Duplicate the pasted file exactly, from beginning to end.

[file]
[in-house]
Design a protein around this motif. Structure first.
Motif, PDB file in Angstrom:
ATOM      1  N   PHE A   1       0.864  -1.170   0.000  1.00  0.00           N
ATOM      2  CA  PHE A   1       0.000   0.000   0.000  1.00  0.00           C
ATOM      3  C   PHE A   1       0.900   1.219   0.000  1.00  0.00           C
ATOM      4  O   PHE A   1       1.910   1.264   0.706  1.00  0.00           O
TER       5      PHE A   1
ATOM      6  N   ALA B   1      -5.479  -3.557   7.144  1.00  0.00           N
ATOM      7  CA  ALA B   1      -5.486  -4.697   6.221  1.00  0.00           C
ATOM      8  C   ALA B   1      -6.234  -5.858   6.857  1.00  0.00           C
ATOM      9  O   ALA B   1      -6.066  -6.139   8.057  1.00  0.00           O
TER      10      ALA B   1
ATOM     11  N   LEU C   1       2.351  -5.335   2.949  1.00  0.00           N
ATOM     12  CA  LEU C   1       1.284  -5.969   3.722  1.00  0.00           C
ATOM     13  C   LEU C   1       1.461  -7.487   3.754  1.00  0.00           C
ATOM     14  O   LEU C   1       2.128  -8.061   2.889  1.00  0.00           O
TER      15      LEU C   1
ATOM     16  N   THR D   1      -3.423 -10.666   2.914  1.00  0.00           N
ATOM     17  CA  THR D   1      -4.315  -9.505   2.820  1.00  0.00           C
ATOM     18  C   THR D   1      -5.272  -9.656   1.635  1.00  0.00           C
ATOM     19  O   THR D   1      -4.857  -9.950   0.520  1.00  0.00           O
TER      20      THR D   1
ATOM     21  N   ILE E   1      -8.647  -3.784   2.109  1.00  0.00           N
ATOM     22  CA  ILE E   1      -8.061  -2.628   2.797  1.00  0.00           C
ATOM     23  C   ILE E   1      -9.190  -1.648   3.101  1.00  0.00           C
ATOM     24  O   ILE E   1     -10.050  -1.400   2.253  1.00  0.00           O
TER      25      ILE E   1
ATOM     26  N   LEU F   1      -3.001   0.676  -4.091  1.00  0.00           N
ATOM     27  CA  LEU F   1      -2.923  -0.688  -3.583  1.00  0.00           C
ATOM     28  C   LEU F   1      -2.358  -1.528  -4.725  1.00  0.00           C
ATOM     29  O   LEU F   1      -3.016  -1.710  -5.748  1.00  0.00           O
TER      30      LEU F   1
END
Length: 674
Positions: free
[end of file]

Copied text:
[in-house]
Design a protein around this motif. Structure first.
Motif, PDB file in Angstrom:
ATOM      1  N   PHE A   1       0.864  -1.170   0.000  1.00  0.00           N
ATOM      2  CA  PHE A   1       0.000   0.000   0.000  1.00  0.00           C
ATOM      3  C   PHE A   1       0.900   1.219   0.000  1.00  0.00           C
ATOM      4  O   PHE A   1       1.910   1.264   0.706  1.00  0.00           O
TER       5      PHE A   1
ATOM      6  N   ALA B   1      -5.479  -3.557   7.144  1.00  0.00           N
ATOM      7  CA  ALA B   1      -5.486  -4.697   6.221  1.00  0.00           C
ATOM      8  C   ALA B   1      -6.234  -5.858   6.857  1.00  0.00           C
ATOM      9  O   ALA B   1      -6.066  -6.139   8.057  1.00  0.00           O
TER      10      ALA B   1
ATOM     11  N   LEU C   1       2.351  -5.335   2.949  1.00  0.00           N
ATOM     12  CA  LEU C   1       1.284  -5.969   3.722  1.00  0.00           C
ATOM     13  C   LEU C   1       1.461  -7.487   3.754  1.00  0.00           C
ATOM     14  O   LEU C   1       2.128  -8.061   2.889  1.00  0.00           O
TER      15      LEU C   1
ATOM     16  N   THR D   1      -3.423 -10.666   2.914  1.00  0.00           N
ATOM     17  CA  THR D   1      -4.315  -9.505   2.820  1.00  0.00           C
ATOM     18  C   THR D   1      -5.272  -9.656   1.635  1.00  0.00           C
ATOM     19  O   THR D   1      -4.857  -9.950   0.520  1.00  0.00           O
TER      20      THR D   1
ATOM     21  N   ILE E   1      -8.647  -3.784   2.109  1.00  0.00           N
ATOM     22  CA  ILE E   1      -8.061  -2.628   2.797  1.00  0.00           C
ATOM     23  C   ILE E   1      -9.190  -1.648   3.101  1.00  0.00           C
ATOM     24  O   ILE E   1     -10.050  -1.400   2.253  1.00  0.00           O
TER      25      ILE E   1
ATOM     26  N   LEU F   1      -3.001   0.676  -4.091  1.00  0.00           N
ATOM     27  CA  LEU F   1      -2.923  -0.688  -3.583  1.00  0.00           C
ATOM     28  C   LEU F   1      -2.358  -1.528  -4.725  1.00  0.00           C
ATOM     29  O   LEU F   1      -3.016  -1.710  -5.748  1.00  0.00           O
TER      30      LEU F   1
END
Length: 674
Positions: free